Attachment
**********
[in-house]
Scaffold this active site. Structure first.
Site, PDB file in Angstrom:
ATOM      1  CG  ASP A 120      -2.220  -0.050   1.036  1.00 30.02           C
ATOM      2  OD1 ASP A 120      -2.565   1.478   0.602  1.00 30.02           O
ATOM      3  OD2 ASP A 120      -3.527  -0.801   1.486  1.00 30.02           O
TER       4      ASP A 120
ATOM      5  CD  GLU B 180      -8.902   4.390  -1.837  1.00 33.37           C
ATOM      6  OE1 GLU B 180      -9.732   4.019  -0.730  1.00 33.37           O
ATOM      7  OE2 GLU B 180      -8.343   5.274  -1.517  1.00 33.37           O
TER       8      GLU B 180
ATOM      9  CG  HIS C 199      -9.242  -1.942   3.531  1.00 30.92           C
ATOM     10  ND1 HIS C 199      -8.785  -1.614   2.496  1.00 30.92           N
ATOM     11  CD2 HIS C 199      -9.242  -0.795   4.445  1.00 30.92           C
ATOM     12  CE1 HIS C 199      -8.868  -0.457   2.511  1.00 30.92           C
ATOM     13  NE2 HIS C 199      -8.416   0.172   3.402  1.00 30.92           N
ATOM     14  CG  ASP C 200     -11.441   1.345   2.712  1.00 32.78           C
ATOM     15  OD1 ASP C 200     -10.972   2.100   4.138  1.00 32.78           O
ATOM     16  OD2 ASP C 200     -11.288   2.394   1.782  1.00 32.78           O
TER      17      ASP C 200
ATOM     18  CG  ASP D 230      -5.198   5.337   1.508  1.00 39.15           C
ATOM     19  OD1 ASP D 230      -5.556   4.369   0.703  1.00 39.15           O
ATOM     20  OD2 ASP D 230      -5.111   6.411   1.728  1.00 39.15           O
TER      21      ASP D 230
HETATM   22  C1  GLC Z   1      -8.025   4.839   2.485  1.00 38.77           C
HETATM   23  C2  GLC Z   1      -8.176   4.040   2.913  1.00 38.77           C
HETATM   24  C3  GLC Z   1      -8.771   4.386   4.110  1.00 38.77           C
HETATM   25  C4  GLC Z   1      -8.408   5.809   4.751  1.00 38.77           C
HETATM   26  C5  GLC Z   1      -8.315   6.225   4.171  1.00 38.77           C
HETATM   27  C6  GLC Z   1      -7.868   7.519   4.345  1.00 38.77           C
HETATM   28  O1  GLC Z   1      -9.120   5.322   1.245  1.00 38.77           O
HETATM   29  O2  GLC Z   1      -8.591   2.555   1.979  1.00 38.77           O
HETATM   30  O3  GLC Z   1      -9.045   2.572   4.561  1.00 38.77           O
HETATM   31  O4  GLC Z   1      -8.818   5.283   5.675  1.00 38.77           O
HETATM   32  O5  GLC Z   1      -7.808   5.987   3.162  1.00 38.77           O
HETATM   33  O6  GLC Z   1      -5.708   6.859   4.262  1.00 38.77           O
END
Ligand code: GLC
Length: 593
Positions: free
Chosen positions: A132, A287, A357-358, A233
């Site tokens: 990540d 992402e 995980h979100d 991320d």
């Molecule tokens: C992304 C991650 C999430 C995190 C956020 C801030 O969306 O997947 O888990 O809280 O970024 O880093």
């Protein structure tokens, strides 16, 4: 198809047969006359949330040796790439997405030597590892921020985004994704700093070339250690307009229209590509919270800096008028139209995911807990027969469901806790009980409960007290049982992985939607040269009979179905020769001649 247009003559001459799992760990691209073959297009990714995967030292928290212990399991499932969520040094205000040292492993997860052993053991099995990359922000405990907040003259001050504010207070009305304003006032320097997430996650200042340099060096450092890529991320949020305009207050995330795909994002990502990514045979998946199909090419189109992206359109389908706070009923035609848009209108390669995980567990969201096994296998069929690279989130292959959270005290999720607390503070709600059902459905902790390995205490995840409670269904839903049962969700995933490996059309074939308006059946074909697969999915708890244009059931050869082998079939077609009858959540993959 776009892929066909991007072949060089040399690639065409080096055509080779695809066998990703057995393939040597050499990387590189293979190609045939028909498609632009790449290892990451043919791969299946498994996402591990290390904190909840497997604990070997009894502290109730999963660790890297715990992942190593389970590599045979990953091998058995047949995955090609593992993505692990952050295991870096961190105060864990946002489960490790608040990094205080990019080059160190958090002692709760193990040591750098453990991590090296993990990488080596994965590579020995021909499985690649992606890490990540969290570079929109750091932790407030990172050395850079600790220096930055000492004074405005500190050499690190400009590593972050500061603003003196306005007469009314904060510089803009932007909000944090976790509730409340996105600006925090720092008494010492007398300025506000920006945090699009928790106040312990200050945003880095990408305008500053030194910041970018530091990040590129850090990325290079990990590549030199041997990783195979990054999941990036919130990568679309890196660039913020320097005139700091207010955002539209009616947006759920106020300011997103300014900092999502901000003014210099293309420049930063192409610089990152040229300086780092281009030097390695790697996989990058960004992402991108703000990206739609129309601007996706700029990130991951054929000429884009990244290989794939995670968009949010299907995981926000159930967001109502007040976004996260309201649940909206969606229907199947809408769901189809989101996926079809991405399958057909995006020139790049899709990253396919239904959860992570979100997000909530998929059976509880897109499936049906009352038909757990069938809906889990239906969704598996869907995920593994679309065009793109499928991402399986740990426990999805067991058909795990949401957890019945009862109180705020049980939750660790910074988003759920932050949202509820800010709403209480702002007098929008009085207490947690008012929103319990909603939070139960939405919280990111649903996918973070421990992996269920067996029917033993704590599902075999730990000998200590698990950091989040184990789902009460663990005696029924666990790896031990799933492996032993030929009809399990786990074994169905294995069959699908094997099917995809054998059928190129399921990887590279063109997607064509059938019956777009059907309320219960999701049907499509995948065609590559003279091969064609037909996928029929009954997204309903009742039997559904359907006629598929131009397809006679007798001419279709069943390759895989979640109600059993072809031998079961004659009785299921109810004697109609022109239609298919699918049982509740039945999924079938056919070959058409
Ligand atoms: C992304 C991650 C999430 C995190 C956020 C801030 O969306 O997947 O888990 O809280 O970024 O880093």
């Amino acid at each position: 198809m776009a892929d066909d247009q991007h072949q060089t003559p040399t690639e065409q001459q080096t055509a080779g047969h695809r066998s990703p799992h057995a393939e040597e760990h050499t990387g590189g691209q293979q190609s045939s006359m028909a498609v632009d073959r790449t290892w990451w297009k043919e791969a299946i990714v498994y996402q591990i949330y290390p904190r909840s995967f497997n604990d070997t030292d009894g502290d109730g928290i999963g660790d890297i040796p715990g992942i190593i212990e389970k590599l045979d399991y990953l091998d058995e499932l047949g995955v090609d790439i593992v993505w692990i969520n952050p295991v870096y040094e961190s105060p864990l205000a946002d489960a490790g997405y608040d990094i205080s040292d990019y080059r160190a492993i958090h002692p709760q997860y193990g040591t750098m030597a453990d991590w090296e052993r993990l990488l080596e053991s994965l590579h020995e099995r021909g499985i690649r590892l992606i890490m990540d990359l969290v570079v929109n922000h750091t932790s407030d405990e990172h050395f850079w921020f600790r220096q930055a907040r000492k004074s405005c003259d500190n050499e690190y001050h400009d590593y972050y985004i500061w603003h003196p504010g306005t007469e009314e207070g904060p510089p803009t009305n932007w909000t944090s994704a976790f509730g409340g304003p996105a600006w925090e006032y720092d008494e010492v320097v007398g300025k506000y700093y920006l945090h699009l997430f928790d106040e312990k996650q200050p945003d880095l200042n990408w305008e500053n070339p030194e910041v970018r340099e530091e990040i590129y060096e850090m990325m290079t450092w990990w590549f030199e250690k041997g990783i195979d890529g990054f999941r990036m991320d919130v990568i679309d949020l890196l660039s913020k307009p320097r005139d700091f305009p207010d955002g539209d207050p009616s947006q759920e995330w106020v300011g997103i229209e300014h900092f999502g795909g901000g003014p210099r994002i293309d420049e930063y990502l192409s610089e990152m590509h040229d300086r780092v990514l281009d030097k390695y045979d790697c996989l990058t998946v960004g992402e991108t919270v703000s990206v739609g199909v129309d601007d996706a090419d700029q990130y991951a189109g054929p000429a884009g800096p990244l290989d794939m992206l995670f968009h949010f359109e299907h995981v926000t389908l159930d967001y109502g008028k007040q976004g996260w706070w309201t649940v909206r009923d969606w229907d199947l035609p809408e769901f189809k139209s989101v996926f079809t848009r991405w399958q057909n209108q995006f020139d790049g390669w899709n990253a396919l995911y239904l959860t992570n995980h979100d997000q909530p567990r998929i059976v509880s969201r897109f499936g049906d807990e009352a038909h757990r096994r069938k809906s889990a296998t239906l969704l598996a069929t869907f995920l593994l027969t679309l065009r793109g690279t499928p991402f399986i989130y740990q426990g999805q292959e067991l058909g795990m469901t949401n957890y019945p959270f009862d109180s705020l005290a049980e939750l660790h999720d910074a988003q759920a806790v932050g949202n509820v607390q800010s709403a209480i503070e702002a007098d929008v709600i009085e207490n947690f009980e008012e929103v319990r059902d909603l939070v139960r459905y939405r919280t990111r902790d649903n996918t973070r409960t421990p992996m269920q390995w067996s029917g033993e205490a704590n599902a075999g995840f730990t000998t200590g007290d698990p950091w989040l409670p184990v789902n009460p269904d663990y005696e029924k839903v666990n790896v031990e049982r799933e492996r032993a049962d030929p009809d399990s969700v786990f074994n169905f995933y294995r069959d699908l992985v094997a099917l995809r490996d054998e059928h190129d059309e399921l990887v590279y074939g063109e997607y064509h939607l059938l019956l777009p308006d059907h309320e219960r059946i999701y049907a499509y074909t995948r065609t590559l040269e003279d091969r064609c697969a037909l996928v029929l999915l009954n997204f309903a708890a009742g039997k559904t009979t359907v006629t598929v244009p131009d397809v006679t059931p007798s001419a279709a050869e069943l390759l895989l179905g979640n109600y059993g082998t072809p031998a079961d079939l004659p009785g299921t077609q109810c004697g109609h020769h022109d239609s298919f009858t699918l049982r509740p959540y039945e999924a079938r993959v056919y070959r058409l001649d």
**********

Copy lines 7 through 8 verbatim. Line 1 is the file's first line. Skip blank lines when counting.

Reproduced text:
TER       4      ASP A 120
ATOM      5  CD  GLU B 180      -8.902   4.390  -1.837  1.00 33.37           C